Categorized | Middle East Briefing

Serious Middle East news … or political backdrop?

Posted on 25 August 2016 by admin

HAIFA, Israel — After just over four weeks in Israel, I can categorically state that I have totally OD’d on the two news stories that seem to be on every local and international station or online news website I go to: the Rio Olympic games (locally), and the U.S. presidential race (worldwide).
Thankfully, the former ended this week. But the election coverage will continue and only increase as we get nearer to Nov. 8.
My problem is the endless stream of talking heads and “experts” (usually a former politician, campaign staffers from both parties, a retired military officer, two journalists — from the left and the right — and a scholarly professor who has a formula that can predict the results), that pop up on multiple stations. Within one minute it’s easy to know which candidate the station supports. And since it’s the same talking heads, regurgitating the same data and story-of-day, it gets pretty boring pretty quickly.
I was hoping to find fresh faces and analysis from my usually trustworthy stand-by news sources like Fox, CNN, SKY (England), Sputnik (Russia), PressTV (Iran), and even Al-Jazeera USA (online), but to my surprise (or not…) they all had more or less the same talking heads with the same rudimentary and predictable partisan talking points.
But the horrific terrorist attack in Turkey on Sunday, where a young boy of 12, recruited by Daesh (ISIS), blew himself up at a Kurdish wedding in the Southeastern city of Gaziantep, killing 51 celebrants and wounding dozens more, snapped me back to the reality of the Middle East.
Here are some of the news stories you may have missed. One has a possible connection to the elections.

Turkey and Israel

Last Saturday, Turkey’s parliament approved a reconciliation agreement signed with Israel in June, ending the six-year rift between the two regional powers over the Marvi Marmara boarding incident. Both countries will reappoint ambassadors, and military and commercial ties (which were never really disconnected) will be “re-established.”

Turkey and the United States

Scheduled before Saturday’s Islamist terrorist attack on Aug. 24, Vice President Joe Biden is visiting Turkey for meetings with President Recep Tayyip Erdogan and Prime Minister Binali Yildirim. This is the first visit by a high-ranking U.S. official since the failed coup attempt in July. While the ongoing war against ISIS will no doubt be high on the agenda now, I understand that the main reason for the visit was to discuss the deterioration in U.S.-Turkey relations, and the delicate subject of extraditing fanatical Sunni cleric Fethullah Gülen, whom Erdogan accuses of organizing the failed coup.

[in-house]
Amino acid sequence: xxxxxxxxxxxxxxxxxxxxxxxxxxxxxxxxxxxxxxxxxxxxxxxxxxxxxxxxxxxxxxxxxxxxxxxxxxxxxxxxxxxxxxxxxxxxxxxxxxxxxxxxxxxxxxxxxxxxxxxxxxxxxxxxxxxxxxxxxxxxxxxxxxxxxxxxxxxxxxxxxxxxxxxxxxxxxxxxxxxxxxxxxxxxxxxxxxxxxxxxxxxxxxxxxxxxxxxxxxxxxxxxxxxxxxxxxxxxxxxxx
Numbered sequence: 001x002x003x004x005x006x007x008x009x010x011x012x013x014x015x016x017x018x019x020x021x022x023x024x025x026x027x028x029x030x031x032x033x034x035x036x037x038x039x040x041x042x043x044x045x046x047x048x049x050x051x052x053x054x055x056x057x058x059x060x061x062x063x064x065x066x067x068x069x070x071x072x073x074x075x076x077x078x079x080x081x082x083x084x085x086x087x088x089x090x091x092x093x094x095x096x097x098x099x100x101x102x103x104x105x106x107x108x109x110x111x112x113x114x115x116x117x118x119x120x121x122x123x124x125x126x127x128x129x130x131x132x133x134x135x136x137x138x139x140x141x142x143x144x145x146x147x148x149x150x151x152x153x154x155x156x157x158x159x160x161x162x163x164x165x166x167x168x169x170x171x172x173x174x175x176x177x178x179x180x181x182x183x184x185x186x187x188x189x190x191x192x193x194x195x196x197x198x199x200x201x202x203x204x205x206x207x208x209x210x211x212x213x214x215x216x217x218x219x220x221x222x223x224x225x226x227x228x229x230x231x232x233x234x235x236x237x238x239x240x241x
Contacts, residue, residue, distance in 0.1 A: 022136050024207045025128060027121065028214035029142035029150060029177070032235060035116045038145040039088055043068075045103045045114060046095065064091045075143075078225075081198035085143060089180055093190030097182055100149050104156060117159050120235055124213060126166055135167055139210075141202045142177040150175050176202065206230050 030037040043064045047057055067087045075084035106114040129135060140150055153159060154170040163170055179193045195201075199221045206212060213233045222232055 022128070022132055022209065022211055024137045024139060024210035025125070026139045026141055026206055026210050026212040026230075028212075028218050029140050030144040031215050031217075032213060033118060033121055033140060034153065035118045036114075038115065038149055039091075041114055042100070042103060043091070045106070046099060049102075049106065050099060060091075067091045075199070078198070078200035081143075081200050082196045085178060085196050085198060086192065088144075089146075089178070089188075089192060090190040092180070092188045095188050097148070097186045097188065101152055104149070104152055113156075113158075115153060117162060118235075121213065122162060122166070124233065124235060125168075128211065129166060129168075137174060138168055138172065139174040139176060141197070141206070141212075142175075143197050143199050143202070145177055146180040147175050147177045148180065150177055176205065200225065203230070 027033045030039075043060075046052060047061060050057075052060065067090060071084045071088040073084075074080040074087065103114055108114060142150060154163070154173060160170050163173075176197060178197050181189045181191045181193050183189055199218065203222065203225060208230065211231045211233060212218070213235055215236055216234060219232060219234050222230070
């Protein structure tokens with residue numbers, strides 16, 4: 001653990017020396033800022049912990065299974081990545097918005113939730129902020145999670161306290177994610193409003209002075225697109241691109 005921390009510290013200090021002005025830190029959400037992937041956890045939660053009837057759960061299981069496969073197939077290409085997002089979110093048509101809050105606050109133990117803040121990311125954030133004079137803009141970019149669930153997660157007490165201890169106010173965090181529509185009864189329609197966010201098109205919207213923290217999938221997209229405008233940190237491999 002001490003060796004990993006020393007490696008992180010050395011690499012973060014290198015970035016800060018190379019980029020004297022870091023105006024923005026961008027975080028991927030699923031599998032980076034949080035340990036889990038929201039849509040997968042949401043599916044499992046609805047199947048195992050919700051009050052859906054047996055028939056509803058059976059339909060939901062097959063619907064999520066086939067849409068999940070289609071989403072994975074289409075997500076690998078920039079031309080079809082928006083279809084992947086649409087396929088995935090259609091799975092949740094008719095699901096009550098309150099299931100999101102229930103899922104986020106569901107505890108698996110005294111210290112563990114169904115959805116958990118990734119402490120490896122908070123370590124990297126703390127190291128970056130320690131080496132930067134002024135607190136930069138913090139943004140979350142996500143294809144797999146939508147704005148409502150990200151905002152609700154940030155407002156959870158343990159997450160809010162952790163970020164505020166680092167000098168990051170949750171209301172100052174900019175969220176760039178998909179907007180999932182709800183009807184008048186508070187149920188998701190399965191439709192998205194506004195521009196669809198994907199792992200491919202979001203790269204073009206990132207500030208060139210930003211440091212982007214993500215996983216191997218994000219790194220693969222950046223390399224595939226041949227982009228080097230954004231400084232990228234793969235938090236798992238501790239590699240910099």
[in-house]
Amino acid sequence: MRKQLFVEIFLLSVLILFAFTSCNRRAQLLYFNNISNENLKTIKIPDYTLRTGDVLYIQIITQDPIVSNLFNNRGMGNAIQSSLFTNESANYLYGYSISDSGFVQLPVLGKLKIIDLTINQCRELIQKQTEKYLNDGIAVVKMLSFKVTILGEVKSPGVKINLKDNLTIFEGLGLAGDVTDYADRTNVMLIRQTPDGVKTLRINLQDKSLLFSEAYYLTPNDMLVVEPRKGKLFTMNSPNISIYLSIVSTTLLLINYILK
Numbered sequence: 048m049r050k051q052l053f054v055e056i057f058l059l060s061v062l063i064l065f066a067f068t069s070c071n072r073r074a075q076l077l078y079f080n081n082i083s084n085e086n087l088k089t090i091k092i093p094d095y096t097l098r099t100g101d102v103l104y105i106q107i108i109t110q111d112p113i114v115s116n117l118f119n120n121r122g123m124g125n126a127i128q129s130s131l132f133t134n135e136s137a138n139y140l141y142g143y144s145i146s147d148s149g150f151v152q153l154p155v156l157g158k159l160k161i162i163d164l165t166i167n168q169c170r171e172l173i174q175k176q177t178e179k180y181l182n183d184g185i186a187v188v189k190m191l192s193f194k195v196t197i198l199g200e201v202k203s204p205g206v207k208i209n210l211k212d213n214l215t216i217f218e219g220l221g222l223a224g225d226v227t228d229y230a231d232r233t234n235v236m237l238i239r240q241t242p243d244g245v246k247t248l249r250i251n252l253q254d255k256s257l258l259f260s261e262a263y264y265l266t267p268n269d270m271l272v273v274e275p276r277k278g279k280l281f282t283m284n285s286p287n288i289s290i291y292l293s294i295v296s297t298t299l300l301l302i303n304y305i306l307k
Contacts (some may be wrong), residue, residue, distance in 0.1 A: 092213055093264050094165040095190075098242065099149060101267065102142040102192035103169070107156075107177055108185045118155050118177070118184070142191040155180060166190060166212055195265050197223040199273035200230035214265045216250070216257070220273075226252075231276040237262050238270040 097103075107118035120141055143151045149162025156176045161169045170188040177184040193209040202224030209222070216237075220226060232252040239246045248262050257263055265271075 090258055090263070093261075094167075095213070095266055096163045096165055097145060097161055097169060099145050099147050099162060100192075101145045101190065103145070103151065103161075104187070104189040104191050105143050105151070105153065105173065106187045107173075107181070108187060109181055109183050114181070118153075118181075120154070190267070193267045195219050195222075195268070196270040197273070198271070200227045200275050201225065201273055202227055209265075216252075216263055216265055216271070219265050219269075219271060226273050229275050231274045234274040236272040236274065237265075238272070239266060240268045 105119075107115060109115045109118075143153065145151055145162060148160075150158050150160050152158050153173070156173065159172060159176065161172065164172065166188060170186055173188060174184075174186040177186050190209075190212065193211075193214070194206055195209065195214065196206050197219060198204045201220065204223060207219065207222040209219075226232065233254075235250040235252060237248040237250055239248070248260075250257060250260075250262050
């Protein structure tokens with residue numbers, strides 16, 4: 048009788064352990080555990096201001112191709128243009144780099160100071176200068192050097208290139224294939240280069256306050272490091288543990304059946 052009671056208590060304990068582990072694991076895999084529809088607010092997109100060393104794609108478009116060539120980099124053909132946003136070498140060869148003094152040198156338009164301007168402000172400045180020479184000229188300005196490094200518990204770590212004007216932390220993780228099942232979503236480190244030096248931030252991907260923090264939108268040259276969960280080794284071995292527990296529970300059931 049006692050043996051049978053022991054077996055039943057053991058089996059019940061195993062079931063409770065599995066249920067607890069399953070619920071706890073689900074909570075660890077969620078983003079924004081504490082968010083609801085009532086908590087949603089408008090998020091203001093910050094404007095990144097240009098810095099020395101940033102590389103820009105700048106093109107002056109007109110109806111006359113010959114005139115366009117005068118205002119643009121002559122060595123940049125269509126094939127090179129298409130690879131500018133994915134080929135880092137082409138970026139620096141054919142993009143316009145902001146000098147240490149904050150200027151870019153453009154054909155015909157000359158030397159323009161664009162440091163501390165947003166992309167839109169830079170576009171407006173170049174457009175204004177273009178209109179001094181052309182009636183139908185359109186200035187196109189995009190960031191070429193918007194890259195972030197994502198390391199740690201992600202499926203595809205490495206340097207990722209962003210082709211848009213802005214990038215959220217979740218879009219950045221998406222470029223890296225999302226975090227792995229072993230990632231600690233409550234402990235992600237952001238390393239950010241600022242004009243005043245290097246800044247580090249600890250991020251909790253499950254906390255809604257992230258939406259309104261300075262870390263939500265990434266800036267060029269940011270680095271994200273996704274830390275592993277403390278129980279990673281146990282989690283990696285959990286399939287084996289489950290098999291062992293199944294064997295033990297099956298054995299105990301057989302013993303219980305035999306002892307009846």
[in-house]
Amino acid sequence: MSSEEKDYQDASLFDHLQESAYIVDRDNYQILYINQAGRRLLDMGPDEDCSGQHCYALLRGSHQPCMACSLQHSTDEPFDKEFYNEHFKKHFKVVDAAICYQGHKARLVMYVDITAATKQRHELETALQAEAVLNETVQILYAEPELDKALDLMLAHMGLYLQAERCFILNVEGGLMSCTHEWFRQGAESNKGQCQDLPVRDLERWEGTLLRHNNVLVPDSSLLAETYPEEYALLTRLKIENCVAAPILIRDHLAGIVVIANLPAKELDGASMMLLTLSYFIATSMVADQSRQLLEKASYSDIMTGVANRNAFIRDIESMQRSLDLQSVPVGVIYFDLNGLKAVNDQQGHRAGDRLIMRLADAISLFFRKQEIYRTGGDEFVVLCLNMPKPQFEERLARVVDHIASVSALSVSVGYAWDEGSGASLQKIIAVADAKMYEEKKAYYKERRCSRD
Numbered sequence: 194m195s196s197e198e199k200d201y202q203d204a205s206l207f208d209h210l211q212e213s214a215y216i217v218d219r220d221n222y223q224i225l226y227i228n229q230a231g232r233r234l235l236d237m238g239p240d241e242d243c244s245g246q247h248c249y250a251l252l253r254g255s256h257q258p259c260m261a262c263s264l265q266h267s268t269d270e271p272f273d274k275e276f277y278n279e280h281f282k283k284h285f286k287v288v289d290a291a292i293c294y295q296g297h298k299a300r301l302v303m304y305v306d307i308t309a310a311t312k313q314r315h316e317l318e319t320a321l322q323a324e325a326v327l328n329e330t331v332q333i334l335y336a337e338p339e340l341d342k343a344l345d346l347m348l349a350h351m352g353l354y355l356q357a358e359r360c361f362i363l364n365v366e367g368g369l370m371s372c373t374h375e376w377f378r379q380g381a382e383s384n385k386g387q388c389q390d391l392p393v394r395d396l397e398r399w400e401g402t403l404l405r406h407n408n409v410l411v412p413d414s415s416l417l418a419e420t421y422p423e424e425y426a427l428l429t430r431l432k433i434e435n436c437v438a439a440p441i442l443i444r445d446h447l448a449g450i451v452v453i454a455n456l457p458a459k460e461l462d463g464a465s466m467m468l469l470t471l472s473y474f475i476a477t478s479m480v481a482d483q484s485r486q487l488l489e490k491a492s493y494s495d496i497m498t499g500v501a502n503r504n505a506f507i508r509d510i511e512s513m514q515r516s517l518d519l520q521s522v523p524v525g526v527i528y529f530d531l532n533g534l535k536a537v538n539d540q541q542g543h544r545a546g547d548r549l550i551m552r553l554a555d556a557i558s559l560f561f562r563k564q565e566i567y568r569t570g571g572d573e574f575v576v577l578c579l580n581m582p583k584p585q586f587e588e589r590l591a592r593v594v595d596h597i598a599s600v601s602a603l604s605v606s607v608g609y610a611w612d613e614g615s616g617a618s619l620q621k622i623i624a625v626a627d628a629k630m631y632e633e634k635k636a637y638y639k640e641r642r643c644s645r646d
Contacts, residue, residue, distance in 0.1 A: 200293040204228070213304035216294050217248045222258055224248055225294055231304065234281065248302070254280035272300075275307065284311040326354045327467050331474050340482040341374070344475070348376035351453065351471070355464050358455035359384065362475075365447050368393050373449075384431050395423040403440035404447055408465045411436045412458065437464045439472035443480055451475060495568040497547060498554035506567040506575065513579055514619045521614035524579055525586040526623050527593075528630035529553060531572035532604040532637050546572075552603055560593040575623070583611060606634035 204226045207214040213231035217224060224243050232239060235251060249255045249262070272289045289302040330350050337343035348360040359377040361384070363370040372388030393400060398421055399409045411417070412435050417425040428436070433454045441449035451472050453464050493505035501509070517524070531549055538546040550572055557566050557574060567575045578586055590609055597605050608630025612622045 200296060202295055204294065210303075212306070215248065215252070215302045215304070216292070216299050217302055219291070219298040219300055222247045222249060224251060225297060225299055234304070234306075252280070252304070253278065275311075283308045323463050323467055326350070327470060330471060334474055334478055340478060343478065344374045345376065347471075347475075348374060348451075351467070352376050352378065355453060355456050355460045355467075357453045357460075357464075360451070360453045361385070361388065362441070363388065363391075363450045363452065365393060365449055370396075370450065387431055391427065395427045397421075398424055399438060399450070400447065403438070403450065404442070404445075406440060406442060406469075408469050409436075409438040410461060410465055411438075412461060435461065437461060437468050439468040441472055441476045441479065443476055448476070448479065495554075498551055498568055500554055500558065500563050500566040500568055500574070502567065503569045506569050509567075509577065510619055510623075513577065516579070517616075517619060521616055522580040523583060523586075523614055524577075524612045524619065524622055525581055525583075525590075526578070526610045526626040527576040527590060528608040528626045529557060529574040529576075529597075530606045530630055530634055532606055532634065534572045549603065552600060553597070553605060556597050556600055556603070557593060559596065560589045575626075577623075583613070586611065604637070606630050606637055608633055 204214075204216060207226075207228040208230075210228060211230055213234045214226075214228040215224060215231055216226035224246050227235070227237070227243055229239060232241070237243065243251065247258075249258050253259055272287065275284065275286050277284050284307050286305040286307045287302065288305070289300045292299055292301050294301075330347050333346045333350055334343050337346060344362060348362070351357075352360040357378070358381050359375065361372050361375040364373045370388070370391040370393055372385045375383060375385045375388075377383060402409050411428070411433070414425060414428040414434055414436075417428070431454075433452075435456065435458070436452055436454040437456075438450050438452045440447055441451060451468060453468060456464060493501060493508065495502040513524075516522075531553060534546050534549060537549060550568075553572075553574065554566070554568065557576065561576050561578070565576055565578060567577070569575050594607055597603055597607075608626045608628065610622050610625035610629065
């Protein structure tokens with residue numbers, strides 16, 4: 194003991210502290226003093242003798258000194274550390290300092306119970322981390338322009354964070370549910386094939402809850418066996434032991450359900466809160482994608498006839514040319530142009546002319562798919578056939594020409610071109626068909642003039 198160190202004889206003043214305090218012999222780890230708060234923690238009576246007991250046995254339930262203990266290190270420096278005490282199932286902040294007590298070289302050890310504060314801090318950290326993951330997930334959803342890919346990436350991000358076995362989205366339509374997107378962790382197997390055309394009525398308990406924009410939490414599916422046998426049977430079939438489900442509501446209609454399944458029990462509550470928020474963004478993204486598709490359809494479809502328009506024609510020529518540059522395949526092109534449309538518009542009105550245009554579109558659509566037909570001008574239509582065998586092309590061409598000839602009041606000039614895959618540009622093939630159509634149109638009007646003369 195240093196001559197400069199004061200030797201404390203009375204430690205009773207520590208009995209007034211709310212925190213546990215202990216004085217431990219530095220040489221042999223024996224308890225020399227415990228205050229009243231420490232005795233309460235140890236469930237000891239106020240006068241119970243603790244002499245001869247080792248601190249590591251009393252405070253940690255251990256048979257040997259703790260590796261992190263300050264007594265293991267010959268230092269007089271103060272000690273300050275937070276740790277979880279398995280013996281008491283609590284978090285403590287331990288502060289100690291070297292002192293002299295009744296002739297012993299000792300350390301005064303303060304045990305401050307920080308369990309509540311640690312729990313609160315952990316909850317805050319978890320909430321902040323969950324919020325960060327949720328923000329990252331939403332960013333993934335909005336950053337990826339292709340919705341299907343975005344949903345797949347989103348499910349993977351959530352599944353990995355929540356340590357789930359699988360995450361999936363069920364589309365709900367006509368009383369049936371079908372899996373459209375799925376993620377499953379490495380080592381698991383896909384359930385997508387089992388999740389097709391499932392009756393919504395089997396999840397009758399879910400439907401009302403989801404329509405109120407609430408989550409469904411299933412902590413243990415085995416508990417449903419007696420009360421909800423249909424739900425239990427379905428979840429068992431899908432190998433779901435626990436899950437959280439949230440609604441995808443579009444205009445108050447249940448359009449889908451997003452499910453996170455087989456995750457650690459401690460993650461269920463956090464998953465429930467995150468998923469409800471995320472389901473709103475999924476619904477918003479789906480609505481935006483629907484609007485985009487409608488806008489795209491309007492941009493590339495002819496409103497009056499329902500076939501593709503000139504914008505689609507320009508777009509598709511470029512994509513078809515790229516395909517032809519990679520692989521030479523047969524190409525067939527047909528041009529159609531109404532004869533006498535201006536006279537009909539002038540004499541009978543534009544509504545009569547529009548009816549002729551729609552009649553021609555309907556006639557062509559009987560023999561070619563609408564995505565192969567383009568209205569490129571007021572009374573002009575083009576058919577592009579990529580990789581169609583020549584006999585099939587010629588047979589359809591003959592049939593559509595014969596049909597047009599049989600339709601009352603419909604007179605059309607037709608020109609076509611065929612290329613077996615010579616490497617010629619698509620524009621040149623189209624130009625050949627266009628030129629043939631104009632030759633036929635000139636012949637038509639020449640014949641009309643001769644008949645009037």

Also on the agenda will probably be the recent request from Erdogan’s new “best friend” Vladimir Putin to use Turkey’s air force base at Incirlik for bombing raids against anti-Assad Arab and Kurdish rebels in Syria (in addition to the bases Russia is already using in Iran).
This could be a major humiliation to the U.S. if Erdogan agrees to the request, since:

  1. The base was built by the U.S. for the American and Turkish air forces.
  2. It’s the main U.S. “coalition” and NATO staging area for airstrikes and rescue missions in Syria, Iraq and potentially Iran.
  3. The U.S. stockpiles over 50 B-61 thermonuclear (hydrogen) bombs at Incirlik.
  4. Putin is supporting the forces the U.S. is fighting (Assad).
  5. Turkey is fighting the Kurds that the U.S. is supporting.
  6. Russia and Iran are developing close military relations, etc.

So if this is such an important tactical and strategic issue for the safety and security of the United States and Israel, am I the only one that’s wondering why Vice President Biden is going to try to thwart it? Especially after Turkey’s Prime Minister Yildirim said Saturday that he sees no reason why Russia and the U.S. can’t “share” the base.
Why Biden? Such a high-level meeting would not be held unless the outcome is known and agreed on in advance. If failure, then the meeting would be canceled in advance and further staff-level negotiations would probably be held. If successful, then the president, not the VP, should be in the limelight at the photo-op. Unless…
I have a wild theory. Could it be that Joe Biden is the understudy who is being prepared to stand in at the last moment as the Democrats’ presidential candidate if hypothetically the position becomes available, and that this whistle-stop trip to the Middle East where he is meeting key leaders very briefly is for the photos to support his international “credentials” with voters? I said it was a wild theory…
Could be serious news, could be political backdrop, or could be both.
Agree or disagree, that’s my opinion.
Lt. Col. (IDF res) Gil Elan is president and CEO of the Southwest Jewish Congress, and a Middle East analyst. Email: gil@swjc.org.Upcoming briefings and SWJC events are listed at: www.swjc.org.
DISCLAIMER: Opinions are the writer’s, and do not represent SWJC directors, officers or members.

Facebooktwittergoogle_plusredditpinterestlinkedinmail

Leave a Reply

Your email address will not be published. Required fields are marked *

View or Subscribe to the
Texas Jewish Post

Advertise Here

Photos from our Flickr stream

See all photos

Advertise Here